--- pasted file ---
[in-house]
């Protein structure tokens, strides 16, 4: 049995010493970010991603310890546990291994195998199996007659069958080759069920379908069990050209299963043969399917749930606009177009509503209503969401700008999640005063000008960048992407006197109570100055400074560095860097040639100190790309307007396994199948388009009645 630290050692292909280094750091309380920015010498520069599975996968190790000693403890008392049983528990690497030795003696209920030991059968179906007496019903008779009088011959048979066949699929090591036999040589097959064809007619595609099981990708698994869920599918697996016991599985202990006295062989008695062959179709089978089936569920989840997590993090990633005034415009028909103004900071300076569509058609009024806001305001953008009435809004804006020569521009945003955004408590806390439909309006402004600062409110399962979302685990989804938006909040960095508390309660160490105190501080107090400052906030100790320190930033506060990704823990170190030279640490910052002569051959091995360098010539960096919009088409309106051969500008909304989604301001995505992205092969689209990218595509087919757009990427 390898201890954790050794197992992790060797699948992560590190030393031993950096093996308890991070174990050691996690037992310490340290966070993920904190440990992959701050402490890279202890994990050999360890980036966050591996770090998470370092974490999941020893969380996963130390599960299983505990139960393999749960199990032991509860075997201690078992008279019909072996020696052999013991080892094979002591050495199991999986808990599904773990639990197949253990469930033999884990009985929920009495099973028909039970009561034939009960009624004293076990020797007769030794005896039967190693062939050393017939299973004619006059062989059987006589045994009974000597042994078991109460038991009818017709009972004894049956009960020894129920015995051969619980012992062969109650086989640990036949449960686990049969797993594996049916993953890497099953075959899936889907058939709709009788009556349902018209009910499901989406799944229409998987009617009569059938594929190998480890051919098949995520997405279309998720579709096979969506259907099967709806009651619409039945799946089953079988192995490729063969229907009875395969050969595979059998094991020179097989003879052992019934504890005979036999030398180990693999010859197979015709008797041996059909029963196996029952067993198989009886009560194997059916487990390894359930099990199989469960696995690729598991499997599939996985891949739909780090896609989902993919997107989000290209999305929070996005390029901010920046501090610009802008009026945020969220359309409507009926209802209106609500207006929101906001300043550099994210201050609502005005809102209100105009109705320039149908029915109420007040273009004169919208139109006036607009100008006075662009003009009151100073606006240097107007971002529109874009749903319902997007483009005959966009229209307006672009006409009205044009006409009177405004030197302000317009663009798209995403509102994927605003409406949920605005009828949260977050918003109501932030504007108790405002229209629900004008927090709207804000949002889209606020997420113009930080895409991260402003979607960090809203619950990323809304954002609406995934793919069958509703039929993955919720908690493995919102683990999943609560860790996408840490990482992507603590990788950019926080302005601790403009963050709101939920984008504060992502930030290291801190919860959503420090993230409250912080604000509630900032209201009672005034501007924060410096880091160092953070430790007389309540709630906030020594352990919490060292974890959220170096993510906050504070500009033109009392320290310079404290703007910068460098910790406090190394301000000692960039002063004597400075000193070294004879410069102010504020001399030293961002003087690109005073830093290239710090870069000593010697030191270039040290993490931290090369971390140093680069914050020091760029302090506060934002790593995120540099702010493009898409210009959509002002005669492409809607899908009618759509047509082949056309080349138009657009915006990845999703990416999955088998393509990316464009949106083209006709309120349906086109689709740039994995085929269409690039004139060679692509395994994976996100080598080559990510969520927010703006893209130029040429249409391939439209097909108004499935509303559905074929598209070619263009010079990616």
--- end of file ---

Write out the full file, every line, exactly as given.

[in-house]
């Protein structure tokens, strides 16, 4: 049995010493970010991603310890546990291994195998199996007659069958080759069920379908069990050209299963043969399917749930606009177009509503209503969401700008999640005063000008960048992407006197109570100055400074560095860097040639100190790309307007396994199948388009009645 630290050692292909280094750091309380920015010498520069599975996968190790000693403890008392049983528990690497030795003696209920030991059968179906007496019903008779009088011959048979066949699929090591036999040589097959064809007619595609099981990708698994869920599918697996016991599985202990006295062989008695062959179709089978089936569920989840997590993090990633005034415009028909103004900071300076569509058609009024806001305001953008009435809004804006020569521009945003955004408590806390439909309006402004600062409110399962979302685990989804938006909040960095508390309660160490105190501080107090400052906030100790320190930033506060990704823990170190030279640490910052002569051959091995360098010539960096919009088409309106051969500008909304989604301001995505992205092969689209990218595509087919757009990427 390898201890954790050794197992992790060797699948992560590190030393031993950096093996308890991070174990050691996690037992310490340290966070993920904190440990992959701050402490890279202890994990050999360890980036966050591996770090998470370092974490999941020893969380996963130390599960299983505990139960393999749960199990032991509860075997201690078992008279019909072996020696052999013991080892094979002591050495199991999986808990599904773990639990197949253990469930033999884990009985929920009495099973028909039970009561034939009960009624004293076990020797007769030794005896039967190693062939050393017939299973004619006059062989059987006589045994009974000597042994078991109460038991009818017709009972004894049956009960020894129920015995051969619980012992062969109650086989640990036949449960686990049969797993594996049916993953890497099953075959899936889907058939709709009788009556349902018209009910499901989406799944229409998987009617009569059938594929190998480890051919098949995520997405279309998720579709096979969506259907099967709806009651619409039945799946089953079988192995490729063969229907009875395969050969595979059998094991020179097989003879052992019934504890005979036999030398180990693999010859197979015709008797041996059909029963196996029952067993198989009886009560194997059916487990390894359930099990199989469960696995690729598991499997599939996985891949739909780090896609989902993919997107989000290209999305929070996005390029901010920046501090610009802008009026945020969220359309409507009926209802209106609500207006929101906001300043550099994210201050609502005005809102209100105009109705320039149908029915109420007040273009004169919208139109006036607009100008006075662009003009009151100073606006240097107007971002529109874009749903319902997007483009005959966009229209307006672009006409009205044009006409009177405004030197302000317009663009798209995403509102994927605003409406949920605005009828949260977050918003109501932030504007108790405002229209629900004008927090709207804000949002889209606020997420113009930080895409991260402003979607960090809203619950990323809304954002609406995934793919069958509703039929993955919720908690493995919102683990999943609560860790996408840490990482992507603590990788950019926080302005601790403009963050709101939920984008504060992502930030290291801190919860959503420090993230409250912080604000509630900032209201009672005034501007924060410096880091160092953070430790007389309540709630906030020594352990919490060292974890959220170096993510906050504070500009033109009392320290310079404290703007910068460098910790406090190394301000000692960039002063004597400075000193070294004879410069102010504020001399030293961002003087690109005073830093290239710090870069000593010697030191270039040290993490931290090369971390140093680069914050020091760029302090506060934002790593995120540099702010493009898409210009959509002002005669492409809607899908009618759509047509082949056309080349138009657009915006990845999703990416999955088998393509990316464009949106083209006709309120349906086109689709740039994995085929269409690039004139060679692509395994994976996100080598080559990510969520927010703006893209130029040429249409391939439209097909108004499935509303559905074929598209070619263009010079990616």